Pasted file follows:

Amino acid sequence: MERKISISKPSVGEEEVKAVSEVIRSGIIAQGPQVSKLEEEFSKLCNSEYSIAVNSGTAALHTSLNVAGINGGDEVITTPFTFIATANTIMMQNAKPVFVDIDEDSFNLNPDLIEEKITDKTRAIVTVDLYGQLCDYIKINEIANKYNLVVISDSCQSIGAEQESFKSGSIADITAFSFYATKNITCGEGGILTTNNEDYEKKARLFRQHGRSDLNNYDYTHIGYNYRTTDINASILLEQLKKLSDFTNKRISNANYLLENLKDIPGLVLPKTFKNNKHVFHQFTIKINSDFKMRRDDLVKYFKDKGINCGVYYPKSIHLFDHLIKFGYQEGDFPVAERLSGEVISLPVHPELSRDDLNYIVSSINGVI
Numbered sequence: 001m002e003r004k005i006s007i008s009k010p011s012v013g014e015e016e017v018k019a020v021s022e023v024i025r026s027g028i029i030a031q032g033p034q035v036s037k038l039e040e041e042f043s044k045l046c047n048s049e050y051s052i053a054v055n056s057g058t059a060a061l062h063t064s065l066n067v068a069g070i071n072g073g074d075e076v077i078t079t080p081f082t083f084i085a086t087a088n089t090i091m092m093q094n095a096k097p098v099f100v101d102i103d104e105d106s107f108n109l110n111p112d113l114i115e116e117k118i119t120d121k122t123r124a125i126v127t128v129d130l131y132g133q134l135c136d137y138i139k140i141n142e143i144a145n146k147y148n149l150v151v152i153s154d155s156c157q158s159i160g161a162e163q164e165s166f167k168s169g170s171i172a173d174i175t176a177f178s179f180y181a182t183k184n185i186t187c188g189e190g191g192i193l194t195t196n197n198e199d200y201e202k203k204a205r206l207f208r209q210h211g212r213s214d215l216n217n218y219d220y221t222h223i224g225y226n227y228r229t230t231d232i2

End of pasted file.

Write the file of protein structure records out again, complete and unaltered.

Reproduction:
Amino acid sequence: MERKISISKPSVGEEEVKAVSEVIRSGIIAQGPQVSKLEEEFSKLCNSEYSIAVNSGTAALHTSLNVAGINGGDEVITTPFTFIATANTIMMQNAKPVFVDIDEDSFNLNPDLIEEKITDKTRAIVTVDLYGQLCDYIKINEIANKYNLVVISDSCQSIGAEQESFKSGSIADITAFSFYATKNITCGEGGILTTNNEDYEKKARLFRQHGRSDLNNYDYTHIGYNYRTTDINASILLEQLKKLSDFTNKRISNANYLLENLKDIPGLVLPKTFKNNKHVFHQFTIKINSDFKMRRDDLVKYFKDKGINCGVYYPKSIHLFDHLIKFGYQEGDFPVAERLSGEVISLPVHPELSRDDLNYIVSSINGVI
Numbered sequence: 001m002e003r004k005i006s007i008s009k010p011s012v013g014e015e016e017v018k019a020v021s022e023v024i025r026s027g028i029i030a031q032g033p034q035v036s037k038l039e040e041e042f043s044k045l046c047n048s049e050y051s052i053a054v055n056s057g058t059a060a061l062h063t064s065l066n067v068a069g070i071n072g073g074d075e076v077i078t079t080p081f082t083f084i085a086t087a088n089t090i091m092m093q094n095a096k097p098v099f100v101d102i103d104e105d106s107f108n109l110n111p112d113l114i115e116e117k118i119t120d121k122t123r124a125i126v127t128v129d130l131y132g133q134l135c136d137y138i139k140i141n142e143i144a145n146k147y148n149l150v151v152i153s154d155s156c157q158s159i160g161a162e163q164e165s166f167k168s169g170s171i172a173d174i175t176a177f178s179f180y181a182t183k184n185i186t187c188g189e190g191g192i193l194t195t196n197n198e199d200y201e202k203k204a205r206l207f208r209q210h211g212r213s214d215l216n217n218y219d220y221t222h223i224g225y226n227y228r229t230t231d232i2